Typhoid is an infection that caused by the bacteria Salmonella typhimurium. The bacterium lives in the intestines and bloodstream of humans. It spreads in between the individuals by direct contact with the feces of an infected person. No animals carry this disease, so transmission is always human to human. Typhoid can be diagnosed by detecting the presence of S. typhi via blood, stool, urine, or bone marrow sample.
Symptoms of Typhoid:-
Symptoms normally gets begin in 6-30 days after the exposure of the bacteria. The two major symptoms of typhoid are fever and rash. Typhoid fever is very high, it gradually increasing over several days up to 104 degrees Fahrenheit.
The rash, which does not affect every patient, consists of rose-colored spots, particularly on the neck and abdomen.
Other symptoms can include weakness, abdominal pain, constipation, and headaches, rarely, symptoms might include confusion, diarrhea, and vomiting (but not normally severe).
In serious, untreated cases, the bowel can become perforated, this can lead to peritonitis (an infection of the tissue that lines the inside of the abdomen), which can be very serious indeed.
How to avoid Typhoid?
Typhoid can spread by contacting and the ingestion of infected human feces. This can happened through an infected water source or when handling food.
The following are some of the general rules that to follow when traveling to help minimize the chance of typhoid infection:
- Drink bottled water (preferably carbonated)
- If bottled water cannot be sourced, ensure water is heated on a rolling boil for at least one minute before consuming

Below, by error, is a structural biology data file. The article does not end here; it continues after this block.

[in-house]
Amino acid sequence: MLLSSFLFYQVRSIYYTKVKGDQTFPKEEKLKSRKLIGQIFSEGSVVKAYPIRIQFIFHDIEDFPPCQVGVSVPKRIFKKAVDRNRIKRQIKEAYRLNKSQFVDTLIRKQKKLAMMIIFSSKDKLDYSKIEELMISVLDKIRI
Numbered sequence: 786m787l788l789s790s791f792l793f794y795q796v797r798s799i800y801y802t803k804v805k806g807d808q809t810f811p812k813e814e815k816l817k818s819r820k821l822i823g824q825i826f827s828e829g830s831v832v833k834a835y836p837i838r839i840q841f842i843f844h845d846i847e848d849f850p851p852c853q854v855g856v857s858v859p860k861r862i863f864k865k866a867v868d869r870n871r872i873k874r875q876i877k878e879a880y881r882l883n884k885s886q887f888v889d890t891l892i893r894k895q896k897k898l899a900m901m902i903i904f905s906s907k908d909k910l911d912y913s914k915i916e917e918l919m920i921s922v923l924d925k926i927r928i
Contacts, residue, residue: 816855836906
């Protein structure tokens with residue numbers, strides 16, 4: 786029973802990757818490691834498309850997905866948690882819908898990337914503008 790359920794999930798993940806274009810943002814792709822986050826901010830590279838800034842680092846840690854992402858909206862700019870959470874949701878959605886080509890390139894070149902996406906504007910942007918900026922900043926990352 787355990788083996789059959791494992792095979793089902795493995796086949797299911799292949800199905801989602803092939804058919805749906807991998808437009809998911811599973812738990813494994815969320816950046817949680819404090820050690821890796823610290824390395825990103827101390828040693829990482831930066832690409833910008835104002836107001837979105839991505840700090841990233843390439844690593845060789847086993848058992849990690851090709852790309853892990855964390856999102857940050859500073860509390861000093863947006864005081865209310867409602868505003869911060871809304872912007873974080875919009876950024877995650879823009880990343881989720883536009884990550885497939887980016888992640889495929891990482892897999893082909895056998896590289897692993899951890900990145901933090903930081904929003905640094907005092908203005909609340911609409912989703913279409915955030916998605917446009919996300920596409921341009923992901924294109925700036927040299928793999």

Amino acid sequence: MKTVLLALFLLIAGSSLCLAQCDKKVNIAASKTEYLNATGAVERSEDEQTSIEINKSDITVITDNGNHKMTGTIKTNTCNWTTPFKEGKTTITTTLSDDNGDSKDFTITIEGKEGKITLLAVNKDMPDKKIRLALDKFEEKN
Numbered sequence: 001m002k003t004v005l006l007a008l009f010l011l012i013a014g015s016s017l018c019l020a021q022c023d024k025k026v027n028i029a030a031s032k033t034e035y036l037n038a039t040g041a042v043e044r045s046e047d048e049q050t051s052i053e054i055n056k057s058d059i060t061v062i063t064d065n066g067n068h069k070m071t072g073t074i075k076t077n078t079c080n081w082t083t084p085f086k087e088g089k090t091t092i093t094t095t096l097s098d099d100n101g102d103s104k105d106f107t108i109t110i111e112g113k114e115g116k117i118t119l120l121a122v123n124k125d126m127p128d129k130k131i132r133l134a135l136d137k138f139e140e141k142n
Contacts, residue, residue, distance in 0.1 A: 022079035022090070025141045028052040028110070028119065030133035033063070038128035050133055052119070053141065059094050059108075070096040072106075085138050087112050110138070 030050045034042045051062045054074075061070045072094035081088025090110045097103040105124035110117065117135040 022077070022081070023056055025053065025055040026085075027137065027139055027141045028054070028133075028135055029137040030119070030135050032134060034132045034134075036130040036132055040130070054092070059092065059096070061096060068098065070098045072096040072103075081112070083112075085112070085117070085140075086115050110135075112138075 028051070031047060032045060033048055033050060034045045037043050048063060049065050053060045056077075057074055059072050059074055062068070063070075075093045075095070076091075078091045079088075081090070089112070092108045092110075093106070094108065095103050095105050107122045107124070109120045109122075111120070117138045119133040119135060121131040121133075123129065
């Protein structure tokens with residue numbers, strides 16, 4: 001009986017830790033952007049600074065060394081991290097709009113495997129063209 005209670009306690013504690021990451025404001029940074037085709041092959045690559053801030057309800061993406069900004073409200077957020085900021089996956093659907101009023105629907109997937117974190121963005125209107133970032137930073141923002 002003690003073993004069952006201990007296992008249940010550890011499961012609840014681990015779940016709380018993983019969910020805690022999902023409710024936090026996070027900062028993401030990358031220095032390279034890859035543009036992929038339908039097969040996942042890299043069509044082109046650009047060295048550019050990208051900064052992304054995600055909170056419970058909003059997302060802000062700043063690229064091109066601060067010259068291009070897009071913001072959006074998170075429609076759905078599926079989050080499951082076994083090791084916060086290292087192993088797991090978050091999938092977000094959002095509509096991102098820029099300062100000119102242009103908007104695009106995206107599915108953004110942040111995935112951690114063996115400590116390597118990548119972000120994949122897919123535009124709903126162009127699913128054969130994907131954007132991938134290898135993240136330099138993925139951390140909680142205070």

- Be wary of eating anything that has been handled by someone else
- Avoid eating at street food stands, and only eat food that is still piping hot
- Do not have ice in drinks
- Avoid the raw fruits and vegetables and peel fruits.
Typhoid Vaccination :-
Before traveling to a high-risk area, getting vaccinated against typhoid fever is recommended. This is achieved by the oral medication or a one-off injection:
- Oral – live, attenuated vaccine. Consists of 4 tablets – one taken every other day, the last of which is taken 1 week before travel.
- Shot – inactivated vaccine, administered 2 weeks before travel.
Vaccination should not be started if the individual is currently ill or if they are under 6-years of age. Anyone with the symptoms of HIV should not take the live, oral dose.
There may be side effects to the vaccine:
- Shot: fever (1 in 100 cases)
- Shot: headache (1 in 30 cases)
- Shot: redness or swelling at the site of injection (1 in 15 cases)
- Oral: fever or headache (1 in 20 cases)
- Oral: stomach pain, nausea, vomiting, rash (rare)
Even when the symptoms of typhoid have passed, it is still possible to be carrying the bacteria.
Treatment of Typhoid:-
The only effective treatment for typhoid is antibiotics. Most commonly they use ciprofloxacin (for non-pregnant adults) and ceftriaxone. Other than antibiotics, it is very sensible to rehydrate by drinking an adequate water.
In more cases, where the bowel has become perforated, surgery may be required.